FIGS. 6 and 7 further show the delegation of metadata management from the primary data mover or file manager to the secondary data mover or file manager or client. In a first step 161, the secondary asks the primary for a set of free blocks and free inodes of a file system owned by the primary. In step 162, the primary receives the request, and allocates the set of free blocks and free inodes of the file system. For example, if the secondary asks for sixty-four free blocks, then the primary will advance its “pointer to next free block” by sixty-four blocks through the pool of free blocks (144 in FIG. 5) of the on-disk file system, to obtain a set of sixty-four block numbers for the secondary. The pool of free blocks, for example, is maintained as a linked list of block numbers, so that the primary may keep a local cache of the linked list of block numbers, and refresh the linked list in its local cache from the linked list in the on-disk file system when its “pointer to next free block” nearly reaches the end of its local copy of the linked-list.

In step 163, the secondary receives the block numbers and inode numbers of the leased set of free blocks and free inodes of the file system. Some time later, in step 164, the secondary receives a request from a client or application program instance for access to an object (such as a directory or file) in the file system. Execution continues from step 164 to step 165 in FIG. 7.

In step 165 in FIG. 7, the secondary asks the primary for a lock upon the object in the file system. In step 166, the primary receives the request, grants to the secondary a lock upon the object in the file system, and returns the inode number of the object to the secondary. In step 167, the secondary receives the inode of the object, indicating that the requested lock has been granted. In step 168, the secondary uses the inode number of the object and at least one of the block numbers of the free blocks or at least one inode number of the free inodes to perform an append, truncate, create, or delete operation upon the object without further assistance from the primary. In step 169, the lock on the object is released from the secondary.

After step 169, execution loops back to step 161 of FIG. 6 to replenish the secondary's set of leased free blocks and free inodes of the file system owned by the primary, at least if the number of the leased free blocks or the number of the leased free inodes has been depleted. In this fashion, the secondary's access of objects of the file system in steps 164 to 169 is not delayed in order to obtain free blocks and free inodes of the file system owned by the primary.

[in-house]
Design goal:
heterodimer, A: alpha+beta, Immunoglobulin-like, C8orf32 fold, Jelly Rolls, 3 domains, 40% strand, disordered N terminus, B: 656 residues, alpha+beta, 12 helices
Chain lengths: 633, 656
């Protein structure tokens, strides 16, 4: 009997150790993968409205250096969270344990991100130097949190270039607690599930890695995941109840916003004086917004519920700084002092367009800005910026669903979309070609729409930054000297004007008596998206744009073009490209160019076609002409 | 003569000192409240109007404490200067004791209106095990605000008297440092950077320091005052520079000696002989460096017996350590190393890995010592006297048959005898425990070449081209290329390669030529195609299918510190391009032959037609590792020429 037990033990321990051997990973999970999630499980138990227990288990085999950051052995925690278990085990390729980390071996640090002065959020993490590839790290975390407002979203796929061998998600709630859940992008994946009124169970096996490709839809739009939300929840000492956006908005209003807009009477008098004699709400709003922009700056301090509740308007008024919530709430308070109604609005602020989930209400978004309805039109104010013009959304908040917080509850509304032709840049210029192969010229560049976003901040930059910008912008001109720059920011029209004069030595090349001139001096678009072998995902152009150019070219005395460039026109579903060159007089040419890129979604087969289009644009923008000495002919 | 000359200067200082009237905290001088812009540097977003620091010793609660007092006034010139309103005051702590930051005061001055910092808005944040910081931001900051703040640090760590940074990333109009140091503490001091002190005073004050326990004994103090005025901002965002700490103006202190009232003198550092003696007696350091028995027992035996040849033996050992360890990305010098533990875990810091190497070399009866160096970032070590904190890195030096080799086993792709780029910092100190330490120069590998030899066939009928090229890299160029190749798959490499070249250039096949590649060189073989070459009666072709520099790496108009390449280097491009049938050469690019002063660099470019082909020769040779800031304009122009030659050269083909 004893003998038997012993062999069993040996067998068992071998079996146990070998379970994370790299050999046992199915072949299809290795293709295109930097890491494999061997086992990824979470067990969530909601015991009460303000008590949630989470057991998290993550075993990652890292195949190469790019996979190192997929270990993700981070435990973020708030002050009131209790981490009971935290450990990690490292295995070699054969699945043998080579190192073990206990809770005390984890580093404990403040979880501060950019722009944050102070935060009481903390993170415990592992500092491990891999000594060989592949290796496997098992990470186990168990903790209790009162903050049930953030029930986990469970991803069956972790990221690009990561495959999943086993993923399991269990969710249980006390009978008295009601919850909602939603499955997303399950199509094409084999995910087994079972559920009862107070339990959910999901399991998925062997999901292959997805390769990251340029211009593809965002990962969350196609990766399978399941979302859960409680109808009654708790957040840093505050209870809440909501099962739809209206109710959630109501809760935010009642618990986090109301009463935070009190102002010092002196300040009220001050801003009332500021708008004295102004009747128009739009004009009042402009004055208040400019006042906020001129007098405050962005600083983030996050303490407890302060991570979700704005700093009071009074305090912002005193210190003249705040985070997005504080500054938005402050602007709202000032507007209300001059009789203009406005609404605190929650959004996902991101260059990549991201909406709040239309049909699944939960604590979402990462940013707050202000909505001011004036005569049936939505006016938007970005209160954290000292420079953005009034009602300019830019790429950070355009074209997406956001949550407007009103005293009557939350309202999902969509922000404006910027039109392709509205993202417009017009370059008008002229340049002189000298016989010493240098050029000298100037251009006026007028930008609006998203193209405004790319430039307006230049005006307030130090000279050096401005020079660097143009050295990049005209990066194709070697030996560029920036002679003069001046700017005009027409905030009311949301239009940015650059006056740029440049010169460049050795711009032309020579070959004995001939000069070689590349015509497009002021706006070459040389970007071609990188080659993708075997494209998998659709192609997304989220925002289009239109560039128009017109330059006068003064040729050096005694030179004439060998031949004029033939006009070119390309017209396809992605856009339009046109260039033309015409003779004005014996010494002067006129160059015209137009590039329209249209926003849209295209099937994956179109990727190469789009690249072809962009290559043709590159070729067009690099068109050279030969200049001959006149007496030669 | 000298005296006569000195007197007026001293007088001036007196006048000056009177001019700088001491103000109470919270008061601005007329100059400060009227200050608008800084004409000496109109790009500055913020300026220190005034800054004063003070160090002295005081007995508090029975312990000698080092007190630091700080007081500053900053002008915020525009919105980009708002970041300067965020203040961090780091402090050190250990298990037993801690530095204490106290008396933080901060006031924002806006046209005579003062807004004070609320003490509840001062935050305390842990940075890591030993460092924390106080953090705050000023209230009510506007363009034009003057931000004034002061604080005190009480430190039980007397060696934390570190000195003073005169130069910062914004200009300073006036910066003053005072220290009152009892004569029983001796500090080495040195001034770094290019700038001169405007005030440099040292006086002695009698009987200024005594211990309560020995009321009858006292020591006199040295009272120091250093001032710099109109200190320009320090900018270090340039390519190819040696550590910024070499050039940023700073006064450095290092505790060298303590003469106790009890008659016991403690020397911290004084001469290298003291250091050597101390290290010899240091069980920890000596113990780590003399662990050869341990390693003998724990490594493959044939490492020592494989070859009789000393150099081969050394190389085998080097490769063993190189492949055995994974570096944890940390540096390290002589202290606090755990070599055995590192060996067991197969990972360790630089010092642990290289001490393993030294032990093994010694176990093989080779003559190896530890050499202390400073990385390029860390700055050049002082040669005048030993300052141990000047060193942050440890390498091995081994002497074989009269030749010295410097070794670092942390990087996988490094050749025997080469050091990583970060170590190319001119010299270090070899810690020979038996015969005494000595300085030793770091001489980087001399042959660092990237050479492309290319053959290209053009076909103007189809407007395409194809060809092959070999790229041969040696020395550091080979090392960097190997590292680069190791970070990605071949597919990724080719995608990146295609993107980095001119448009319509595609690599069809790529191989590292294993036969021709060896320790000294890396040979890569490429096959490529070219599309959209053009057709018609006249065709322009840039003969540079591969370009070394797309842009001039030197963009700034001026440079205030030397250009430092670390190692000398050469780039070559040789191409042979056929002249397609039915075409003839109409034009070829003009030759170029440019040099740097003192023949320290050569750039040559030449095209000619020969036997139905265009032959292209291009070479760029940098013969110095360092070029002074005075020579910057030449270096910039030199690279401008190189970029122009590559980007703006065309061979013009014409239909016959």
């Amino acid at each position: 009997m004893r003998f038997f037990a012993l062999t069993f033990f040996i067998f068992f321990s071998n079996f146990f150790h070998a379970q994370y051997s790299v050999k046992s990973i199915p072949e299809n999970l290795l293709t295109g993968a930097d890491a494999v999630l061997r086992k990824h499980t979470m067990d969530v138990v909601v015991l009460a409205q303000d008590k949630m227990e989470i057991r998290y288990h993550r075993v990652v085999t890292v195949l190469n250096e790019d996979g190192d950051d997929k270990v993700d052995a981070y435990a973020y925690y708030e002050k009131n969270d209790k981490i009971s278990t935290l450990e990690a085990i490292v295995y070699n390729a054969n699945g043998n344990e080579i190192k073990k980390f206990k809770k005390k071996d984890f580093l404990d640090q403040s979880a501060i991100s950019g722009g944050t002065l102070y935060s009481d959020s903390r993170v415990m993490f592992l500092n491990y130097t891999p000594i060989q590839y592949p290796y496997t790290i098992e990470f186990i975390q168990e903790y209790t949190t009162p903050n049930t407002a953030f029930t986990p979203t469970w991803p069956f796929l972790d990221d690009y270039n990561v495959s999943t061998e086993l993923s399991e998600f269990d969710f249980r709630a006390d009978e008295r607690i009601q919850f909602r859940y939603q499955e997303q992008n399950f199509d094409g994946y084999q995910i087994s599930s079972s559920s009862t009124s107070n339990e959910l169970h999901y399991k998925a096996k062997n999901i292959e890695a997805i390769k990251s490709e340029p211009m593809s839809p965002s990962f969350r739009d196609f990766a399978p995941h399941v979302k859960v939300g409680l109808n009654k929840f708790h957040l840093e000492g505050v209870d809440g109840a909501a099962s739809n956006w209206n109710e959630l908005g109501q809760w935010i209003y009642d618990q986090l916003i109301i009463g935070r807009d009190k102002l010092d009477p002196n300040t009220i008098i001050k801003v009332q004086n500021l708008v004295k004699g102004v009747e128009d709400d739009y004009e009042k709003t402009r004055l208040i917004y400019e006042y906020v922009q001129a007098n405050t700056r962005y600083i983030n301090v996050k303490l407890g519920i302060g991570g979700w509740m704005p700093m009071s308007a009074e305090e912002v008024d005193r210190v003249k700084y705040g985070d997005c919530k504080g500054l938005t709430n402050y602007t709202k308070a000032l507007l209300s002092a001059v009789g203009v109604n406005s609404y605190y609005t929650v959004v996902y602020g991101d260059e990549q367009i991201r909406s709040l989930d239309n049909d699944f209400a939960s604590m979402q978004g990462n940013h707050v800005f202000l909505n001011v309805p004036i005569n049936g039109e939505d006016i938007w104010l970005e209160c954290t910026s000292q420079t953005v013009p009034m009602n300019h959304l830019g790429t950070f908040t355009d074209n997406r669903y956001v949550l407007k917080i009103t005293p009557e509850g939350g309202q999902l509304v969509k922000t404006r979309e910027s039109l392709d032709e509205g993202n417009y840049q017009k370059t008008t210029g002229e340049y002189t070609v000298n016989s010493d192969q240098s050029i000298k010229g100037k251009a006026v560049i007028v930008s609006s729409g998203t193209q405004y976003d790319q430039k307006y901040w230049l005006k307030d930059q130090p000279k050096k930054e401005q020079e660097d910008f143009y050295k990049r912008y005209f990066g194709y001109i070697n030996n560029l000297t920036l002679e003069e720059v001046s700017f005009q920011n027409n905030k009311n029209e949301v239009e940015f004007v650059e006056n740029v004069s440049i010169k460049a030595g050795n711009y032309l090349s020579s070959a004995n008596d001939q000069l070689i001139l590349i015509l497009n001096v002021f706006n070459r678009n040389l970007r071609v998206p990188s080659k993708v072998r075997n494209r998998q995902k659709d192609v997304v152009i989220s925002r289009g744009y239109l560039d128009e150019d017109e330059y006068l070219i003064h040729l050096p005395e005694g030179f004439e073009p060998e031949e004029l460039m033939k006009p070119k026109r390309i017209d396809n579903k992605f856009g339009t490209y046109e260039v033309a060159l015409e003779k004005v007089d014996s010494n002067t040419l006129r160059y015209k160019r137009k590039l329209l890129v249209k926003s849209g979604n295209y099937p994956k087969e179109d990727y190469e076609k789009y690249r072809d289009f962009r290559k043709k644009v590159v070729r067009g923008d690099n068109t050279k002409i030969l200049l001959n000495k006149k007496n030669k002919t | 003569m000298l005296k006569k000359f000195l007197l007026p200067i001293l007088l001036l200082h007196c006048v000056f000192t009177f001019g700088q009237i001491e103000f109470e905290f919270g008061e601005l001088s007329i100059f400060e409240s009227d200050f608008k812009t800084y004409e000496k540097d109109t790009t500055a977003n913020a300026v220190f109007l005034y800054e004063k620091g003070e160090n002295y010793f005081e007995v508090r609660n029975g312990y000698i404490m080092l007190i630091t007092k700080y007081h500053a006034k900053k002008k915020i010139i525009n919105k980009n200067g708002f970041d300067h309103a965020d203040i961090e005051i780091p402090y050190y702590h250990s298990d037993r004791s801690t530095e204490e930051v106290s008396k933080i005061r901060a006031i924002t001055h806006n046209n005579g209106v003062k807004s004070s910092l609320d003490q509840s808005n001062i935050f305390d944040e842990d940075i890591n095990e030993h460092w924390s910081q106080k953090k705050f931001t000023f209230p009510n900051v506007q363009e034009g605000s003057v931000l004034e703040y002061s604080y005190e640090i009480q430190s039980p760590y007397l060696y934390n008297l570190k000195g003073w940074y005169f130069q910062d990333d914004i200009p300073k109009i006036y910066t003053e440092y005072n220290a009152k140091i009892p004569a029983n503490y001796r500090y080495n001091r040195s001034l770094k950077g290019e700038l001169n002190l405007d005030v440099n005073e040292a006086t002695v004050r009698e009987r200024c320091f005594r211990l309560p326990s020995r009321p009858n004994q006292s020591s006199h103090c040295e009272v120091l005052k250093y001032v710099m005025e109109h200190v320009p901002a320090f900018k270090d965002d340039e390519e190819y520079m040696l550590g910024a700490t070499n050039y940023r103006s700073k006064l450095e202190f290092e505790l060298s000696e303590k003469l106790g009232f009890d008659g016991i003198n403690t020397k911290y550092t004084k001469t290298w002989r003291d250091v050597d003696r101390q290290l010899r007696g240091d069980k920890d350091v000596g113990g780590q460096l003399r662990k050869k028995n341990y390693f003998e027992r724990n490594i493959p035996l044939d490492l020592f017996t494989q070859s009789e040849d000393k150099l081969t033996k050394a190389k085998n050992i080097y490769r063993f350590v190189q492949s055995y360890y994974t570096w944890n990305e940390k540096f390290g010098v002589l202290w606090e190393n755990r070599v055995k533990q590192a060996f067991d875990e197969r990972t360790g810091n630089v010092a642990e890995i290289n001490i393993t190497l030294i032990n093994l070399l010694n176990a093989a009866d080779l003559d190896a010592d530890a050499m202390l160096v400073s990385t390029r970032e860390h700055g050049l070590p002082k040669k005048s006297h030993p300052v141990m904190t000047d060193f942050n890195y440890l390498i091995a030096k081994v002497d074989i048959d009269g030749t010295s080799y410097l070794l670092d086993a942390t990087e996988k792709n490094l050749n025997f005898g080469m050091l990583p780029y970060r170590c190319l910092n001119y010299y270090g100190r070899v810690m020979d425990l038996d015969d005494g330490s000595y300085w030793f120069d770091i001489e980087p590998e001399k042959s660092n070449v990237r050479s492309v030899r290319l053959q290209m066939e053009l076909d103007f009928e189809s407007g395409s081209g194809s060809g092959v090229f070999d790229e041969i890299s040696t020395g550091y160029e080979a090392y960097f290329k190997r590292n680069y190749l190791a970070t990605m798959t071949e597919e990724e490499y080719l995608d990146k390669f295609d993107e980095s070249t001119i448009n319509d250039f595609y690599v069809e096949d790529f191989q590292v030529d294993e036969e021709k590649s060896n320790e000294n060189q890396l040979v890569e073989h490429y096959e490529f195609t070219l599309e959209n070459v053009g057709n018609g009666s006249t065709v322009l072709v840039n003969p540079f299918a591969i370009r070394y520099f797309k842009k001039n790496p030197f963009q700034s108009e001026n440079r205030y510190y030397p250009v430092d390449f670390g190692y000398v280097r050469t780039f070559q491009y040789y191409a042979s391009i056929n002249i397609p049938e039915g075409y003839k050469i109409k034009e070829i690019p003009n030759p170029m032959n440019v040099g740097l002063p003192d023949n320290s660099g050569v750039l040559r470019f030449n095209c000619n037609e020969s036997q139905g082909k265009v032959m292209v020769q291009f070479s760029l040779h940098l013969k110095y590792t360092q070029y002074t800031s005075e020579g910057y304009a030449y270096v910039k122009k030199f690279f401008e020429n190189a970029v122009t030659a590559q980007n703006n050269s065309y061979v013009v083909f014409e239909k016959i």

FIG. 8 shows specific steps for performing an append operation in accordance with the method of FIG. 7. In step 171, the secondary asks the primary for a lock on the file. In step 172, the secondary writes data to at least one of the free blocks indicated by the block numbers obtained from the primary. In step 173, when the secondary receives the inode number indicating the grant of the requested lock on the file, the secondary appends the block(s) to the file by updating the file metadata in the on-disk file system. Finally, in step 174, the secondary releases the lock on the file, for example, when requested by the primary.

FIG. 9 shows specific steps for performing a truncation operation in accordance with the method of FIG. 7. In step 181, the secondary asks the primary for a lock on the file. In step 182, when the secondary receives the inode number from the primary indicating the grant of the requested lock on the file, the secondary removes at least one block from the file by updating the file metadata in the on-disk file system. In step 183, the secondary may use the freed block(s), and return any unused free block to the free buffer pool in the on-disk file system. Finally, in step 184, the secondary releases the lock on the file, for example, when requested by the primary.

FIG. 10 shows specific steps for performing a file creation operation in accordance with the method of FIG. 7. In a first step 191, the secondary asks the primary for a lock on the directory that will contain the file. In step 192, the secondary uses one of the pointers to the leased free inodes and at least one of the pointers to the free blocks to put attributes of the new file into a free inode linked to at least one free block. In step 193, when the secondary receives the inode number from the primary indicating the grant of the requested lock on the directory, the secondary inserts an entry for the file into the directory by updating the directory in storage. Finally, in step 194, the secondary releases the lock on the directory, for example, when requested by the primary.